That it has been left up to Ghana at this point to carry forward the hopes of the African continent may look inconsequential in casual circumstances. But to a serious student of Pan-Africanism and of Africa’s place in the world, it is more than a coincidence. Ghana is the de facto center of 21st century Pan-Africanist ideals, and it is unfortunate that this knowledge remains unexplored amongst the majority of ordinary Africans. This is due to the failure of Africa’s political leadership, as well as the disconnect between Africa’s intellectual elite and the African wanainchi. As I have argued elsewhere, these problems are not unsolvable. Paul Tiyambe Zeleza has pointed out that there is a gap between the knowledge that African scholars produce in the academy, and the knowledge that makes up the school curriculum in many African countries (Zeleza, 1997). Even in Ghana itself, where the awareness of the country’ central place in 21st century Pan-Africanist throught exists amongst political thought leaders and intellectuals, the political discourse still poses challenges. A recent article by Sharon Hemans in the April-June issue of the BBC’s Focus on Africa magazine laments how very few Ghanaians visit the resting place of the 20th century father of Pan-Africanism, W.E.B. DuBois. When I visited the DuBois Memorial Center for Pan-African Culture in Accra in November 2009, I found only the staff who manage the place, on a Saturday afternoon. It was not much different when earlier in the day I visited the uniquely designed and aesthetically inspiring Kwame Nkrumah Mausoleum, also in Accra.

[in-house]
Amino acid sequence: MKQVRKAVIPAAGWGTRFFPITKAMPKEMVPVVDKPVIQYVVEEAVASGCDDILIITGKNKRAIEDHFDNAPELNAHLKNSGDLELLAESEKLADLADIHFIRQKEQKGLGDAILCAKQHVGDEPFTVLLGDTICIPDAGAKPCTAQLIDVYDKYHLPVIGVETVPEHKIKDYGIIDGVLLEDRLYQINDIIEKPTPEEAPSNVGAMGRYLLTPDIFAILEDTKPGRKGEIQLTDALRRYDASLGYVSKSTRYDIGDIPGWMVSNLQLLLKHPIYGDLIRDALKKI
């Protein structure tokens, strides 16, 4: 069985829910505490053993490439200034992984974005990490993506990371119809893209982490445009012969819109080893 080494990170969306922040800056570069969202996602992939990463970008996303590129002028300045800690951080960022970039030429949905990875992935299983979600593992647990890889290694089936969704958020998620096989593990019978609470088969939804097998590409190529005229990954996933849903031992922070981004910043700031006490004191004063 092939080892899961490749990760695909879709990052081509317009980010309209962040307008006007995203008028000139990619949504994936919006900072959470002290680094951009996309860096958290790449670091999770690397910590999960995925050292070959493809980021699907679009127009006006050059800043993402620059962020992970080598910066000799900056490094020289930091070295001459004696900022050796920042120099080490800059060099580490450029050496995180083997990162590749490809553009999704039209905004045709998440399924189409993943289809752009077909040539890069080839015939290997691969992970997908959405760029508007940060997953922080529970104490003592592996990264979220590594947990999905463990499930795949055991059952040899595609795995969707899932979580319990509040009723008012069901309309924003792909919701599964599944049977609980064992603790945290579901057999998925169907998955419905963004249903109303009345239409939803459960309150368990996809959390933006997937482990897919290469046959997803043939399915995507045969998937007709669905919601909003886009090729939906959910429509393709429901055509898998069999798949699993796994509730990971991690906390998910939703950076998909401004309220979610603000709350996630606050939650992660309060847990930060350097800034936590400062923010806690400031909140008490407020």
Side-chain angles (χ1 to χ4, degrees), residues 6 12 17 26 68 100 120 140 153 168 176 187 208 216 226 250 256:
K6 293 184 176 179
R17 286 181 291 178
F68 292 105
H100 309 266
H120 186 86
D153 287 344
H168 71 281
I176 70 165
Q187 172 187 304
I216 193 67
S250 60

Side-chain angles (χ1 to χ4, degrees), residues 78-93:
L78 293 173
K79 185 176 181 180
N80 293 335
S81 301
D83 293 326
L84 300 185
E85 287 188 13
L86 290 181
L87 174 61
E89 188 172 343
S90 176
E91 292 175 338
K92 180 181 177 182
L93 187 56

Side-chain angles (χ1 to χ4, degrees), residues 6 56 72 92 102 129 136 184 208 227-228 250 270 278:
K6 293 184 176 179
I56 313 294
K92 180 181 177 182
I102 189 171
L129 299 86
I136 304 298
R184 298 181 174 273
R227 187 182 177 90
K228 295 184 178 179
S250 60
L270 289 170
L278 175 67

My hosts, themselves Pan-Africanist thinkers, enlightened me about the difficulties surrounding perceptions of the relevance of Pan-Africanist ideas in Ghana today. I know these difficulties to exist in my own country of Malawi, and in the rest of Africa. As I have written elsewhere, and as is widely known in African scholarship, Sub-Saharan Africa owes its legacy of independence to the pioneering role played by Ghana’s first president, the Osagyefo Dr. Kwame Nkrumah. Nkrumah took a personal interest in supporting Malawi’s own independence, in his prescient conviction, 60 years ahead of his time, that the independence of Ghana was meaningless, unless it was tied to the independence of the rest of Africa. It is a lesson that ought to resonate with those African countries today that are undergoing an economic renaissance: the economic progress of Malawi, Botswana, South Africa, etc, is meaningless unless it is tied to the economic progress of the rest of the continent. The disconnect that divides African intellectuals, political leaders, and the wanainchi makes it very difficult for ordinary Africans to understand the significance of this exhortation. The acrimony and bitter negativity that greets the idea of a United States of Africa (notwithstanding the uninspired unoriginality of the term) amongst ordinary Africans is testimony to this difficulty.